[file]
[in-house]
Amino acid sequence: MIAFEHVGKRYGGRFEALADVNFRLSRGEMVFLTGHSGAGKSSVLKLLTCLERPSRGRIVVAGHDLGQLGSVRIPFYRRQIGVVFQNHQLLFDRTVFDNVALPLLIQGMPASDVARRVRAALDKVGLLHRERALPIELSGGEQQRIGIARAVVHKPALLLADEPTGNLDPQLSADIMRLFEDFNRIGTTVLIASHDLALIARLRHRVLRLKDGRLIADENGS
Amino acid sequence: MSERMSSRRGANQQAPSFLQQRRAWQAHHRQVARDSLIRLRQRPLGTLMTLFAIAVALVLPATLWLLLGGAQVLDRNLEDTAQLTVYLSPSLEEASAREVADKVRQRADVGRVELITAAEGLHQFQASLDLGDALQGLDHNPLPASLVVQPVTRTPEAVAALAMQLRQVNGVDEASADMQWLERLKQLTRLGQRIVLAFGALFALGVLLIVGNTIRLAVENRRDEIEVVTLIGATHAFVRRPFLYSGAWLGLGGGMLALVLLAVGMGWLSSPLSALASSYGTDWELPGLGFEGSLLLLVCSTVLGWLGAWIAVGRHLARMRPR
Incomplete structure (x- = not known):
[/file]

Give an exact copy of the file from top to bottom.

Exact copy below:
[in-house]
Amino acid sequence: MIAFEHVGKRYGGRFEALADVNFRLSRGEMVFLTGHSGAGKSSVLKLLTCLERPSRGRIVVAGHDLGQLGSVRIPFYRRQIGVVFQNHQLLFDRTVFDNVALPLLIQGMPASDVARRVRAALDKVGLLHRERALPIELSGGEQQRIGIARAVVHKPALLLADEPTGNLDPQLSADIMRLFEDFNRIGTTVLIASHDLALIARLRHRVLRLKDGRLIADENGS
Amino acid sequence: MSERMSSRRGANQQAPSFLQQRRAWQAHHRQVARDSLIRLRQRPLGTLMTLFAIAVALVLPATLWLLLGGAQVLDRNLEDTAQLTVYLSPSLEEASAREVADKVRQRADVGRVELITAAEGLHQFQASLDLGDALQGLDHNPLPASLVVQPVTRTPEAVAALAMQLRQVNGVDEASADMQWLERLKQLTRLGQRIVLAFGALFALGVLLIVGNTIRLAVENRRDEIEVVTLIGATHAFVRRPFLYSGAWLGLGGGMLALVLLAVGMGWLSSPLSALASSYGTDWELPGLGFEGSLLLLVCSTVLGWLGAWIAVGRHLARMRPR
Incomplete structure (x- = not known):